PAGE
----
Sep 25, 2017 | By Tess

A team of researchers from Michigan State University has used 3D printing to develop a realistic fingerprint model that will allow other researchers to test and improve fingerprint scanners. The ultimate goal is to make fingerprint-based security systems more difficult to crack and hack.

With the current attention on the new iPhone 8 and its facial recognition technology, it may seem like fingerprint scanners are becoming a thing of the past. This is far from true, however, as many people still rely on the simple touch of their finger to unlock their mobile devices. It is, admittedly, more discreet than a face scanning lock.

And while fingerprint scanning tech can seem like a breeze compared to typing in a passcode every time you want to check a Snapchat, there is the underlying problem that they are quite easy to break into.

As has been proven a number of times, all you really need to crack a fingerprint scanner is an image of the user’s finger, which can be translated into a 3D model and 3D printed. Anil Jain, one of the authors of the Michigan State University study, has some experience in the field.

Last year, Jain was approached by the police with a request to unlock a dead man’s phone by recreating his fingerprint. Impressively, Jain and his team were able to crack the phone in only two tries. Now, with his lab’s recent research project, the biometrics expert is aiming to help manufacturers improve their finger scanning tech.

The MSU team created the fake finger by 3D printing a mold of the highly realistic model. With the mold, the team then cast the finger from various kinds of silicone and pigments. The result is an ultra-realistic fingerprint model that can be used to establish and hopefully attain better fingerprint reading security.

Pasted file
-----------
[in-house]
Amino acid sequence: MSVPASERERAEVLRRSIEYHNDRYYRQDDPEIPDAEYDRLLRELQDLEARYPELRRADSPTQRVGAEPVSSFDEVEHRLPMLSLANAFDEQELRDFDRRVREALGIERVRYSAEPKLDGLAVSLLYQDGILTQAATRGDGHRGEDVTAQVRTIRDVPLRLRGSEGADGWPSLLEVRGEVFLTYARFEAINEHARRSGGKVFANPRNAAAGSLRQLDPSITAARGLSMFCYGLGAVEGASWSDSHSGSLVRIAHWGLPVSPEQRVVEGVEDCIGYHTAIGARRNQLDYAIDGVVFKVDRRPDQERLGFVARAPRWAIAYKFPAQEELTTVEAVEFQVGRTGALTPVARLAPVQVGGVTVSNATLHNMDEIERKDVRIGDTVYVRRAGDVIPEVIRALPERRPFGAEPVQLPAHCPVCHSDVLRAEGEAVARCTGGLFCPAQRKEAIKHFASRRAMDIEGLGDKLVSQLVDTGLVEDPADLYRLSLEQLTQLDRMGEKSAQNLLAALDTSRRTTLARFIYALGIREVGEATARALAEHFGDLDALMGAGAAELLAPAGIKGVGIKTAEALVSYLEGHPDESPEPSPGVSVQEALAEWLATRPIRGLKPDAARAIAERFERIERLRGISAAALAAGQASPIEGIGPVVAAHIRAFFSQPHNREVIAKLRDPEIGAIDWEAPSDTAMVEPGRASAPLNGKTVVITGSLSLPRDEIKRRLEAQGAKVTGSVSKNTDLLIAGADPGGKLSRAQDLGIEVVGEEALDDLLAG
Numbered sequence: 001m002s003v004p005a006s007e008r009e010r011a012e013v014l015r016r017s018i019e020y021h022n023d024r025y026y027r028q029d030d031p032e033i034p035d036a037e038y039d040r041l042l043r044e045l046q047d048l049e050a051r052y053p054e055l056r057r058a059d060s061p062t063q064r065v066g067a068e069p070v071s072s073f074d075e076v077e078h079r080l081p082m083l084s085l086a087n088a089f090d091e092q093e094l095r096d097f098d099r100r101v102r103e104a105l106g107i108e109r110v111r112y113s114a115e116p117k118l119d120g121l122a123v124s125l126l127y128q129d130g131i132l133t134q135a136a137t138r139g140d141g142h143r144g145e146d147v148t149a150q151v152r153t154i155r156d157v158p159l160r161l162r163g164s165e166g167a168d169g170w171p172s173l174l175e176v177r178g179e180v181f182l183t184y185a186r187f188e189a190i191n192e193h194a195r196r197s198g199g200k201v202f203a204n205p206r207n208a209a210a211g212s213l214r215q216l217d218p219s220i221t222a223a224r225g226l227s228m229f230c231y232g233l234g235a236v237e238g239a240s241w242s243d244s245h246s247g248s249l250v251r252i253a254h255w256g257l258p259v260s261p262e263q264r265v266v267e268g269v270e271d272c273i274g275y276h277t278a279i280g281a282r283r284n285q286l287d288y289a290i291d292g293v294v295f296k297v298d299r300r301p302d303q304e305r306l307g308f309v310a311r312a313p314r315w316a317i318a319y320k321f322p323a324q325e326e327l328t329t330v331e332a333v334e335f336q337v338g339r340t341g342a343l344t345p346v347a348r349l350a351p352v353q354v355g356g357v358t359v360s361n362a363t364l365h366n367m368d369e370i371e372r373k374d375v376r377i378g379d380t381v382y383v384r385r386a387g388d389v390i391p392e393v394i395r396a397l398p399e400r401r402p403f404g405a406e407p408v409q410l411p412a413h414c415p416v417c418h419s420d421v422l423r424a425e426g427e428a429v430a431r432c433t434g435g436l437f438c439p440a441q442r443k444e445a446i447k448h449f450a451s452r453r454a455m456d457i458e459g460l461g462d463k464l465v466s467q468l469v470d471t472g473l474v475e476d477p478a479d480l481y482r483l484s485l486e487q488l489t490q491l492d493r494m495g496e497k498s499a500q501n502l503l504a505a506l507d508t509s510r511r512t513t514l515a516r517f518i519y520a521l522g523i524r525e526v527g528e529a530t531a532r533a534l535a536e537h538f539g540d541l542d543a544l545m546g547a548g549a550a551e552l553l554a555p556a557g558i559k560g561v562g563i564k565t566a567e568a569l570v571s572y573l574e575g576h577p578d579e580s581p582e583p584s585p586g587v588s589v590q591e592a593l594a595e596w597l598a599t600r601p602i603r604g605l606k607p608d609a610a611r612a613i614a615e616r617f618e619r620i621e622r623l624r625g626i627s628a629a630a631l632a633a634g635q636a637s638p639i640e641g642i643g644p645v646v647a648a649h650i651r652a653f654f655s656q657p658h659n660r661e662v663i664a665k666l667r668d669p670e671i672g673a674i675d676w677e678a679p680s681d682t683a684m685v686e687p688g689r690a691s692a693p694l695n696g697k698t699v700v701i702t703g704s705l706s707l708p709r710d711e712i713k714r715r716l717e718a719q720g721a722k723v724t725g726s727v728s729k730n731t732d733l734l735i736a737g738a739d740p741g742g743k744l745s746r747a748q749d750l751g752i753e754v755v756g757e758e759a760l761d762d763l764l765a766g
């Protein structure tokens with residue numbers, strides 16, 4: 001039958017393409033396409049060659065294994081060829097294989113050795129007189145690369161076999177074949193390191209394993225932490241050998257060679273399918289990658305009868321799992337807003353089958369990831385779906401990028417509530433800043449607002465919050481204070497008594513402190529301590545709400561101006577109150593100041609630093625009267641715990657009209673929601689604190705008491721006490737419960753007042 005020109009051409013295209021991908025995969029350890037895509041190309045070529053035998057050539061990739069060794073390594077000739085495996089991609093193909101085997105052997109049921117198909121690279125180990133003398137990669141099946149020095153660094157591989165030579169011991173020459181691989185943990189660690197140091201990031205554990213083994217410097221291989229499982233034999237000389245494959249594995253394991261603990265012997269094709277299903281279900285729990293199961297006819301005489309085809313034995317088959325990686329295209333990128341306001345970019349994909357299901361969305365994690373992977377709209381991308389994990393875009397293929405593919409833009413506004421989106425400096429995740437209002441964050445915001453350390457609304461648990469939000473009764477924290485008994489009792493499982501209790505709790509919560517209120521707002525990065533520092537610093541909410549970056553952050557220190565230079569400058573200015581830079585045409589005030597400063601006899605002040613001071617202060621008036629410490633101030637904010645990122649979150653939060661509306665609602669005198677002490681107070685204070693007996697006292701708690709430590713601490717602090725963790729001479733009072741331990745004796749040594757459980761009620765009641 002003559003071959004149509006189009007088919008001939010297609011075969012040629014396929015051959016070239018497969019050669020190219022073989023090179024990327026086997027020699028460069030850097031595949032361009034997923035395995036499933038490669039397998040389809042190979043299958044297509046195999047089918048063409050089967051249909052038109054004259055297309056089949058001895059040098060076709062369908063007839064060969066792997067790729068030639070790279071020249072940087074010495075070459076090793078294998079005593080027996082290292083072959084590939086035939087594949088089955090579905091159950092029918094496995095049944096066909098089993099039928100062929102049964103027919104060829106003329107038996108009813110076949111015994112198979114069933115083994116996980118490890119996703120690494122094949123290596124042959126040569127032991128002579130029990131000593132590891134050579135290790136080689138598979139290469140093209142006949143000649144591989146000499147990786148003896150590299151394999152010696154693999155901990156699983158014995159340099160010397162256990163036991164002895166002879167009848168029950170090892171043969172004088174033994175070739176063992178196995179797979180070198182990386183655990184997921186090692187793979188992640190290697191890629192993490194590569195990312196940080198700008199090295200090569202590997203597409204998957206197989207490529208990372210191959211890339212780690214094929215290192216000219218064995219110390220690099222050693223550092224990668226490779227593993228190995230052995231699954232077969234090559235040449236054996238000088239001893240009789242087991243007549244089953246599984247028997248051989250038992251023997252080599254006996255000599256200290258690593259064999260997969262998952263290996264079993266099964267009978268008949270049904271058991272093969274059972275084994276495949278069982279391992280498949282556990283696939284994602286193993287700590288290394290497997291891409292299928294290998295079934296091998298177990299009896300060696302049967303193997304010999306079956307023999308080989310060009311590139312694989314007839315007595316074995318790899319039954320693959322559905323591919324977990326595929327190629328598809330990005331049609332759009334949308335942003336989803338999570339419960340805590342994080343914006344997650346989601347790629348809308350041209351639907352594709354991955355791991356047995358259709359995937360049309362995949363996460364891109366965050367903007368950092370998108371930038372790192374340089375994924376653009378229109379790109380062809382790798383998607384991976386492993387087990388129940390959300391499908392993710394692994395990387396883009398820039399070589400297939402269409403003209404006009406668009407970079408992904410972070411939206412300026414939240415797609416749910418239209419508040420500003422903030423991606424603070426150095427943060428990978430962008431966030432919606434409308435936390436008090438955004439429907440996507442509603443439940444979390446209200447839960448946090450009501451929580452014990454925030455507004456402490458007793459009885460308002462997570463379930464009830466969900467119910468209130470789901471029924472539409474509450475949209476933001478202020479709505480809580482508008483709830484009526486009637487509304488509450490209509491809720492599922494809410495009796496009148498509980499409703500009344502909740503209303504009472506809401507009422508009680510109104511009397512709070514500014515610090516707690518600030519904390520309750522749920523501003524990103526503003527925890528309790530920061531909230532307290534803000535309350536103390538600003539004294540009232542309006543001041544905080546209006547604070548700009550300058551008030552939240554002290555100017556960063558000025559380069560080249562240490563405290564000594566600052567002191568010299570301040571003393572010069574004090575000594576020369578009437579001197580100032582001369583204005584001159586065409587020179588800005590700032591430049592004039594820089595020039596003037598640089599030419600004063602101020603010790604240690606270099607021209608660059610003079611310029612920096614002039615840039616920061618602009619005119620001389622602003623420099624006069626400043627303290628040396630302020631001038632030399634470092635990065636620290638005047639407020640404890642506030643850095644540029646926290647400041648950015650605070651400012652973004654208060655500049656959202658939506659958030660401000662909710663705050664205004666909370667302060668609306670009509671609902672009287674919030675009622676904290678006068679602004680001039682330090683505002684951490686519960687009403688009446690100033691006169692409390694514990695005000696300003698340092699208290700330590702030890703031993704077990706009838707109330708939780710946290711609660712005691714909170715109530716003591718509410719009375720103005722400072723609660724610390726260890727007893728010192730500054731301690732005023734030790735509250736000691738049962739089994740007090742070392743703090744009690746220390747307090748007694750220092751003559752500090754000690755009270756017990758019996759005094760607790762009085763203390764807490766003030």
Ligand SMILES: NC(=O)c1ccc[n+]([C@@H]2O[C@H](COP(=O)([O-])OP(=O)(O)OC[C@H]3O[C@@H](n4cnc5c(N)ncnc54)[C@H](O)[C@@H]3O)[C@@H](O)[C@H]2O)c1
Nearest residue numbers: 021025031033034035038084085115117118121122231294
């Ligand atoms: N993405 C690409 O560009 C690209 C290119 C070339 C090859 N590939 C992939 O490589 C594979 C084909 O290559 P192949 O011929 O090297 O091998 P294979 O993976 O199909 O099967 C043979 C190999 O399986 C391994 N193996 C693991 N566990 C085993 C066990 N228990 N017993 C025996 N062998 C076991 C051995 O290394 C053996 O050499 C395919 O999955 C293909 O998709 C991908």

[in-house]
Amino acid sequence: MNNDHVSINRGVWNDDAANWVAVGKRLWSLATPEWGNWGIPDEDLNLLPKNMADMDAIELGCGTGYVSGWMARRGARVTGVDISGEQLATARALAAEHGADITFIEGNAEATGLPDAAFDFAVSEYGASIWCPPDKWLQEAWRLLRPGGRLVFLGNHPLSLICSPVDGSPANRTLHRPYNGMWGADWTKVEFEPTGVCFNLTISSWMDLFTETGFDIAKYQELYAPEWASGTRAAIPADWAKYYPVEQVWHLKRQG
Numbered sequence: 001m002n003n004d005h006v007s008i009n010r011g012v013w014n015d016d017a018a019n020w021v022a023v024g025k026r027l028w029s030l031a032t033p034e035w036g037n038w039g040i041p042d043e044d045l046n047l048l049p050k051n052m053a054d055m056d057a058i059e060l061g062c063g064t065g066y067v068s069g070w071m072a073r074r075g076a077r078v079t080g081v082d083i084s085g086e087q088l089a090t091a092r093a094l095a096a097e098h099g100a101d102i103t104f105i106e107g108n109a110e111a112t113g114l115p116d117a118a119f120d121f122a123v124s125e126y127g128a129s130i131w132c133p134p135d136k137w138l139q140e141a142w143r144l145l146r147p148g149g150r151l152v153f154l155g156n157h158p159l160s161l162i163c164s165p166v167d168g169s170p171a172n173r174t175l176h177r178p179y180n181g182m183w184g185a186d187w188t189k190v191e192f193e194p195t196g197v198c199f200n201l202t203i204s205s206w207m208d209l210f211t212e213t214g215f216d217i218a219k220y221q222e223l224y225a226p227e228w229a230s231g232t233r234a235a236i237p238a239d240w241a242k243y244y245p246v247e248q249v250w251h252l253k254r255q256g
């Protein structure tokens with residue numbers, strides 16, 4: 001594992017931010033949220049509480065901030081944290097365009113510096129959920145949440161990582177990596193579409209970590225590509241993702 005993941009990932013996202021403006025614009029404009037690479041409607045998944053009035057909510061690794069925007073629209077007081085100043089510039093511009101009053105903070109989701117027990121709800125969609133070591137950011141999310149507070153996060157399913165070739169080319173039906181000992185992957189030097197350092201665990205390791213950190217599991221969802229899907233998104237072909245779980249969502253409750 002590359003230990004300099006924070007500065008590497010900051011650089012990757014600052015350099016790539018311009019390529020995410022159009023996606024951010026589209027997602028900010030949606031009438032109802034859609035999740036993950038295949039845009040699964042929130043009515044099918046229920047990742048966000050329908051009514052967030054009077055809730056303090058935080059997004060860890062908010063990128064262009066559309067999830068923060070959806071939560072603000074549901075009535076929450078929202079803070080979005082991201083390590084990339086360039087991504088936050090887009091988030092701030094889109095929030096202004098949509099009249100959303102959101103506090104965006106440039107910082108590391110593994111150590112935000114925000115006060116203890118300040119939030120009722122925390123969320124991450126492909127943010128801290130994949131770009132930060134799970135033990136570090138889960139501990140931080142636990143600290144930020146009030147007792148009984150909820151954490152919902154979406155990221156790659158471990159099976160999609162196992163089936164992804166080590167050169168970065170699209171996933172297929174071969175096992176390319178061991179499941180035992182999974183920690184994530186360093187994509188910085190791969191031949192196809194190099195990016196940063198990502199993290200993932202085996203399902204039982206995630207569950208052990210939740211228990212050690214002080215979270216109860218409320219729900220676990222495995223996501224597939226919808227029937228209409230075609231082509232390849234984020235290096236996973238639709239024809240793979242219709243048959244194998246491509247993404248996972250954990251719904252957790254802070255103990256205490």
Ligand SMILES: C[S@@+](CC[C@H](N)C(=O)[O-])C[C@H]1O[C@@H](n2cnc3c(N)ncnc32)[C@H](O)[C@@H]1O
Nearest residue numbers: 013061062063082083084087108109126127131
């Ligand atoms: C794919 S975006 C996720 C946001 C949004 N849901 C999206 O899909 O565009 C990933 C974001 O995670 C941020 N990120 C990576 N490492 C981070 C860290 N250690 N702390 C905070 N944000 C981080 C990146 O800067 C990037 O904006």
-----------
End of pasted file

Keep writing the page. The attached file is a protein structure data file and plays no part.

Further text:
As the abstract for the project reads, “We present the design and manufacturing of high fidelity universal 3D fingerprint targets, which can be imaged on a variety of fingerprint sensing technologies, namely capacitive, contact-optical, and contactless-optical. Universal 3D fingerprint targets enable, for the first time, not only a repeatable and controlled evaluation of fingerprint readers, but also the ability to conduct fingerprint reader interoperability studies.”

In other words, the 3D printed finger can be used with all three types of ID scanning methods: optical, capacitive, and ultrasound-based scanning. The first, optical scanning, is the simplest of the three and basically consists of taking a photo of the fingertip to match it with the original saved one.

The second technology, capacitive scanning, is slightly more advanced as it uses the finger’s conductivity and electrical currents to create a clearer, more accurate image of the user’s finger. The most complex (and most accurate) method is the ultrasound scanner, which emits ultrasonic pulse presses on the finger, the responses of which allow the scanner to map out the grooves and fine details of the fingerprint.

(Images: MSU)

With the highly realistic 3D printed finger, the researchers say they are now better equipped to test and compare the various 3D scanning methods. This is largely because the fake finger captures the optical, electrical, and mechanical properties of a real finger—a rare feat for a finger model.

“Our experiments conducted with PIV and Appendix F certified optical (contact and contactless) and capacitive fingerprint readers demonstrate the usefulness of universal 3D fingerprint targets for controlled and repeatable fingerprint reader evaluations and also fingerprint reader interoperability studies,” the abstract says.

Ultimately, Jain’s team hopes to help improve fingerprint-based security locks and, importantly, make them harder to crack into.

The research project was recently published under the title “Universal 3D Wearable Fingerprint Targets: Advancing Fingerprint Reader Evaluations” on the arXiv database. It is set to appear in the journal IEEE Transactions on Information Forensics and Security.

 

 

Posted in 3D Printing Application

 

 

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